Climate change is taking its toll on ecosystems and the services that humans derive from them. Species are already migrating out of historic ranges to cooler climates. Habitats are becoming reduced as a result of temperature increases. Food chains have been dramatically altered, as species fail to adapt to climate change impacts. Further alterations in ecosystem provisioning services, including wood products, drinking water supply, and soil productivity can be expected as climate continues to change.
Ecosystem effects. Entire ecosystems (ecological systems including interlinked fauna, flora and the physical framework in which they live) are being affected by climate change. Plants and animals associated with certain geographic regions are moving – or dying. Observed changes are already significant; future changes are expected to be even more fundamental as species adapt to changing climatic conditions.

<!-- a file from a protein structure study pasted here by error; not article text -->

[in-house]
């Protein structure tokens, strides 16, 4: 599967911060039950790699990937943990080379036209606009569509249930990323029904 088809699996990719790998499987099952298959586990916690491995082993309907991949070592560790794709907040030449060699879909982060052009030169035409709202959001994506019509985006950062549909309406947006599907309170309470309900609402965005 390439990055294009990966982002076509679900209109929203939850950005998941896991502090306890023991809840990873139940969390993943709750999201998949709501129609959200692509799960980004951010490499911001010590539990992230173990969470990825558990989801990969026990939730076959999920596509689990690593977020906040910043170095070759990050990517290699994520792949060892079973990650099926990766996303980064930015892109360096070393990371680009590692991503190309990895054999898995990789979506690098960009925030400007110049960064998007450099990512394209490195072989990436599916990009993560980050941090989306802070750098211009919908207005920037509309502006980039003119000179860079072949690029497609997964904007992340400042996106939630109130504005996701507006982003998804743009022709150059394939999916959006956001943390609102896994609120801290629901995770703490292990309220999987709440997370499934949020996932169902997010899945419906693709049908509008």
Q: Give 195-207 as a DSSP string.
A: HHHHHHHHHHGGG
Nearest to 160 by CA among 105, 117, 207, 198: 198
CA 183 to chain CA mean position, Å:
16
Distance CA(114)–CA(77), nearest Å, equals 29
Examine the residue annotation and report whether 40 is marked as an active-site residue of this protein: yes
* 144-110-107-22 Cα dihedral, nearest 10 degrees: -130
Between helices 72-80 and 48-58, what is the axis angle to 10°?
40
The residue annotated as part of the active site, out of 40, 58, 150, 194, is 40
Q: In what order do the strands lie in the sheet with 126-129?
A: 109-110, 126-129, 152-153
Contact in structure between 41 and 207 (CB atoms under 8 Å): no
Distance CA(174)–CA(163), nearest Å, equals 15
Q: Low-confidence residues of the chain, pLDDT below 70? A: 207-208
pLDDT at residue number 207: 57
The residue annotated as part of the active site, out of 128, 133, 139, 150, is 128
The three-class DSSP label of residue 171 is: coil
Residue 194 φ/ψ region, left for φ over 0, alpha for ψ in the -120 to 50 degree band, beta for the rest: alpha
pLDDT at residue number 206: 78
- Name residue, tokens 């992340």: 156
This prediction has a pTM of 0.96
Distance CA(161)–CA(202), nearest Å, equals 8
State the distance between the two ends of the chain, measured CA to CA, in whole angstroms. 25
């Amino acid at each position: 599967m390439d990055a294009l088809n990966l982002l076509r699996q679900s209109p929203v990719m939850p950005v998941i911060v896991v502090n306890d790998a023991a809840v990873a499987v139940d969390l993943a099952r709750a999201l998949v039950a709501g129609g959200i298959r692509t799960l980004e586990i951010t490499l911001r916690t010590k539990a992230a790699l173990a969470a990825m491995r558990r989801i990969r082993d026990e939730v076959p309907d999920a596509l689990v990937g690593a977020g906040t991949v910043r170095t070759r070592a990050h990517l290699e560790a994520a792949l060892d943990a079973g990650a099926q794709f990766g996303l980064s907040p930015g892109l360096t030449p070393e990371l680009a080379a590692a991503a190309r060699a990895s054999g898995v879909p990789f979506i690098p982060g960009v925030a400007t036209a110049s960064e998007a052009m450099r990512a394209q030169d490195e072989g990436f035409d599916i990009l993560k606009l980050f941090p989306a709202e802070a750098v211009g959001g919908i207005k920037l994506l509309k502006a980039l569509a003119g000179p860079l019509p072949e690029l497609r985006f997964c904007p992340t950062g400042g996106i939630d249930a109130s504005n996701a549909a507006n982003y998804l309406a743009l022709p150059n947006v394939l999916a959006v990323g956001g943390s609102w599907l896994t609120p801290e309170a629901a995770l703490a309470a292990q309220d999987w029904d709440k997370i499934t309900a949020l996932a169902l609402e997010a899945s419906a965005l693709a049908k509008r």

Ecosystem services. Ecosystem services are the conditions and processes through which natural ecosystems, and the species that make them up, sustain and fulfill human life. With climate change, we can expect processes and services to change – often for the worse. Droughts, floods, and changing disease and pest vectors will all contribute to the reduction, leading to loss of food as well as other economic benefits.